Researchers Share Their Current Insights Into US Startups

By Mariliana Fotopoulou Wednesday, July 22, 2020

Startups are the starting points of companies. They are often driven by the creation and innovation of technological advancement on various levels.

Well-known companies like Facebook, Apple, and Uber began their startup journeys as smaller businesses — some famously known as starting in a garage. Eventually, however, they grew into lucrative companies with high investment returns.

In this article, we will explore various statistics and insights into the state of US startups.

Startup Growth, Failure, and Financial Backing

The life of a startup is not always easy. Usually, the goal is to reach “unicorn” status, which simply means that a startup is at the billion-dollar level of earnings. However, before getting there, they must cross numerous financial hurdles. These hurdles often come with financial backing in the form of venture capital (VC) or other investments.

According to Embroker, almost 99% of US-based businesses are small, and an estimated 90% end up failing. 10% fail within the first year, and 1% are estimated to reach “unicorn” status. As more proposals reach venture capitalists (VCs) and angel investors, there is more uncertainty and less guarantee that a startup will be funded.

With exponential startup growth, and the slow-rising early survival rate increasing over time (75.3% in 2009 to 79.6% in 2019), startups might stand a better chance at reaching success. According to current research, startups often fail due to financial considerations, initial entry errors, experience, skills, or talent-based factors.

Some experts propose that success for startups can also be related to the type of business model used — namely, the employed business model. In a study by Haifa Haddad et al., considering different business models for a startup can improve performance and success rates.

Although there is still limited evidence for the correlation between business models and business performance, it is well worth considering. As startups grow, business models should pivot to accommodate further innovation.

According to Silicon Valley Bank’s 2019 US Startup Outlook, almost half of US startups indicate that their funds will come from VC. Recent statistics indicate that 52% of funds originate from VC. Other funding comes from angel, micro, and individual investors (17%), private equity (8%), corporate investors (7%), and organic growth (6%).

Artificial Intelligence and Startups

The US tech market is the largest in the world, generating $1.7 trillion in revenue for 2020. In addition, 20 tech companies start in the US per year, averaging $100 million in revenue.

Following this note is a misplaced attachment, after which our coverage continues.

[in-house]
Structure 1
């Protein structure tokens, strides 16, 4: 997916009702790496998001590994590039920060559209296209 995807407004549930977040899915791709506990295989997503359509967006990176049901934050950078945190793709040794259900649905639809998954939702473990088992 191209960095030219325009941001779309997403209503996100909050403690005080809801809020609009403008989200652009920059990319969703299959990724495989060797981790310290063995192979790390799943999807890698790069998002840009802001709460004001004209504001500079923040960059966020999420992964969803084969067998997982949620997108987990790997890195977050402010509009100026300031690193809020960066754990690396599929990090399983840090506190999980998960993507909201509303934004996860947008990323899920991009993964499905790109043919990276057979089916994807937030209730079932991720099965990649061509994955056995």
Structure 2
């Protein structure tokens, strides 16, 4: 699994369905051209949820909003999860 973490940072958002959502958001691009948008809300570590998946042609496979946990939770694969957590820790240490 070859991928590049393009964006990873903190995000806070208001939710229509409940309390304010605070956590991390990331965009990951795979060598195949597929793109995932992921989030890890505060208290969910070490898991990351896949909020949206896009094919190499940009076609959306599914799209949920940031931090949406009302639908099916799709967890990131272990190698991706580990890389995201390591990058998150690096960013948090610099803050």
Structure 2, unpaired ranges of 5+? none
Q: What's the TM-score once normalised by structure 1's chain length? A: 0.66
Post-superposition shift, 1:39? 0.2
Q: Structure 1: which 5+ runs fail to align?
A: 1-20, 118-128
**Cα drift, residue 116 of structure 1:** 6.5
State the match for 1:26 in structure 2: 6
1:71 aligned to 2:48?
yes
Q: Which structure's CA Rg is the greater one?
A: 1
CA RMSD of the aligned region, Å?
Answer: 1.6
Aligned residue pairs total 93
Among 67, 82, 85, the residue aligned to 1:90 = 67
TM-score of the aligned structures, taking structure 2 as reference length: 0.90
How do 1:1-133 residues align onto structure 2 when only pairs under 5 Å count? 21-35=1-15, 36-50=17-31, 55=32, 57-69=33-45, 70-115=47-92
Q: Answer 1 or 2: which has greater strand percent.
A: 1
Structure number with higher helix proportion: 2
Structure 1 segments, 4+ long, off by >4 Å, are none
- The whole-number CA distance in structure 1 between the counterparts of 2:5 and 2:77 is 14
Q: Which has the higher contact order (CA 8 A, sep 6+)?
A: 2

Artificial intelligence (AI) has become one of the more prominent sectors in startups. According to the 2019 US Startup Outlook respondents, nearly 60% believe AI is one of the “most promising” sectors in innovation, with Big Data coming in second at just under 40%.

Recent studies suggest that AI startups are still in the early stages and have not yet been able to initiate proper patenting. However, the US, alongside China, ranks as the top country to lead AI in startups.

Startups and the Gig Economy

Beyond just technology and AI, startups can provide secondary sources of income with the freedom to choose beyond a 9 to 5 job. An increasing number of people are opting for freelance work, with various platforms popping up to accommodate the industry.

According to recent research, the gig economy model allows people to offer services through their online platforms, not as employees of the specific business, but as independent contractors. This model allows people the flexibility to start their own services, either full-time as a supplementary income.

Well-known companies like Uber and DoorDash utilize the gig economy model through ride-hailing, with Uber being the first ride-hailing platform to launch in the US. Similar platforms include Upwork and Fiverr, where independent contractors can create profiles for various freelance-like services.

“Gig” work is different from freelance work. As John Barrios et al. explains, “gig workers do not need to invest in establishing a company and marketing to a consumer base, operating costs may be lower, and as a result, participation in the gig market is often more transitory than the traditional freelancing market of old.”


Though most US startups tend to fail, new trends may help more companies stay in business longer. By updating their business models, integrating new technology, and opening their workforce to contractors, startups may find themselves set for success.

About the Author

Mariliana Fotopoulou

Mariliana has an MSC in consumer analytics and business strategy. She has a special interest in fast-moving industries and big data.

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